Published by Tortoise Books, in June of 2016 The Pleasure You Suffer is available for purchase at your local bookstore.

Read more fiction book reviews at Centered on Books.

FTC Disclaimer: This book was given to me in return for a fair and honest review of the text.

‘Ruler of Hearts’ by Jason Kerzinski

ruler of hearts-kerzinskiRuler of Hearts by Jason Kerzinski is a poetically driven collection of works that glimpses the lives of those in the French Quarter of New Orleans with a searing depth.

Kerzinski divides his collection into four different sections: Ruler of Hearts, Little Abyss, In Bloom, and Exceedingly Beautiful. Each section features a host of mini character sketches focusing on a different aspect of life for those characters. From the effect that New Orleans has on in its people, to ideas of both spiritual and physical death, Ruler of Hearts captures the most intimate moments of life in mere pages.

The long form poems range from one paragraph to a few pages, but the poignancy with which Kerzinski is able to grasp and dissect the lives of his characters is what propels the collection forward. Each piece focuses on a different person who the reader has never met before, and yet by the end of that piece the reader feels as if she knows this character in an intimate way, as if she’s been reading about him for 150 pages already.

Rather than flowery language, Kerzinski utilizes short terse descriptions to feed the narratives, and he does so in the most compelling way. Though he might be simply telling the reader exactly what’s happening, the images that he procures are visceral and moving in a way that transports the reader directly to the scene. Kerzinski also includes illustrations throughout Ruler of Hearts: black and white sketches that symbolize some aspect of a particular poem or section.  The illustrations are uniquely oblique, and some of them are utterly terrifying; yet, all of them throw you into the piece with greater fervor, wonder, and dread.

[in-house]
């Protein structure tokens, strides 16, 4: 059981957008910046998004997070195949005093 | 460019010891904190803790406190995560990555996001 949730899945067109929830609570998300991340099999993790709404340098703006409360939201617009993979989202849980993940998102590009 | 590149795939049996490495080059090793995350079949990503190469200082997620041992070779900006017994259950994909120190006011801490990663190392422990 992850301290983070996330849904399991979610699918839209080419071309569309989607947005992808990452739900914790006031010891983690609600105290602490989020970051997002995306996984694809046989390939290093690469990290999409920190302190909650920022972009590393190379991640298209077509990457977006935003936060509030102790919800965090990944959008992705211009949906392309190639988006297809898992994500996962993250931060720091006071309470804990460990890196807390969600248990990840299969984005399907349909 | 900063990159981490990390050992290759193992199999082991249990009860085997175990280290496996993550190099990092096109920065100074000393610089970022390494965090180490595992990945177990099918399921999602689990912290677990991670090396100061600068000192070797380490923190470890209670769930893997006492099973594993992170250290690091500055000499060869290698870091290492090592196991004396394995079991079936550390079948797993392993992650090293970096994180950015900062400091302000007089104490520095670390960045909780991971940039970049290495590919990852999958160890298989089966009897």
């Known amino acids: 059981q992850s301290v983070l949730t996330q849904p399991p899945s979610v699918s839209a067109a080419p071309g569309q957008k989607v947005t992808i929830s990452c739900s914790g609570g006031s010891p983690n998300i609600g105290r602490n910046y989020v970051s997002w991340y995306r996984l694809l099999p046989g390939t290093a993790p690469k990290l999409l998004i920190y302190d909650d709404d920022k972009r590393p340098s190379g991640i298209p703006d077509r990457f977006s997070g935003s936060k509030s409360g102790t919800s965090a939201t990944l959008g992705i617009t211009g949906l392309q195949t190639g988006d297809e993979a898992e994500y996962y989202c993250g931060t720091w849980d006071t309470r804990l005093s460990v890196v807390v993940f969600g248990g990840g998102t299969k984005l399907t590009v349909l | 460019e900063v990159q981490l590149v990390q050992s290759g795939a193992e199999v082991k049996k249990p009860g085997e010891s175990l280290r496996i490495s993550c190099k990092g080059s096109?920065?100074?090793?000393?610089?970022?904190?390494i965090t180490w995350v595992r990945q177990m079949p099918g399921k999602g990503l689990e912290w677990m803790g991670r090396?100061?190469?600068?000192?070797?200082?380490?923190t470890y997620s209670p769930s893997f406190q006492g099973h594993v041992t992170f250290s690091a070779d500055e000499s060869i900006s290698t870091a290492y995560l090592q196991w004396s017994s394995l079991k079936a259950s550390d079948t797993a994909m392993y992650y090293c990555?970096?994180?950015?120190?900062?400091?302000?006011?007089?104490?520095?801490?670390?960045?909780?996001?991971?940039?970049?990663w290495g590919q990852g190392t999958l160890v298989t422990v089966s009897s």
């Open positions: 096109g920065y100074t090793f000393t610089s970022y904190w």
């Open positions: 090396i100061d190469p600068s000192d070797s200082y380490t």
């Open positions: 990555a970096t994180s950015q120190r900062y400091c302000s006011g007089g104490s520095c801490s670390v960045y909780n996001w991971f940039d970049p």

Ruler of Hearts is a beautifully crafted work that gets at the heart of life in the French Quarter in the most direct and concise manner. Kerzinski is a master of descriptive poetics, and his first published collection is a testament to this claim.

Published by Obzene Press in 2016, Ruler of Hearts is available for purchase online at Obzene Press.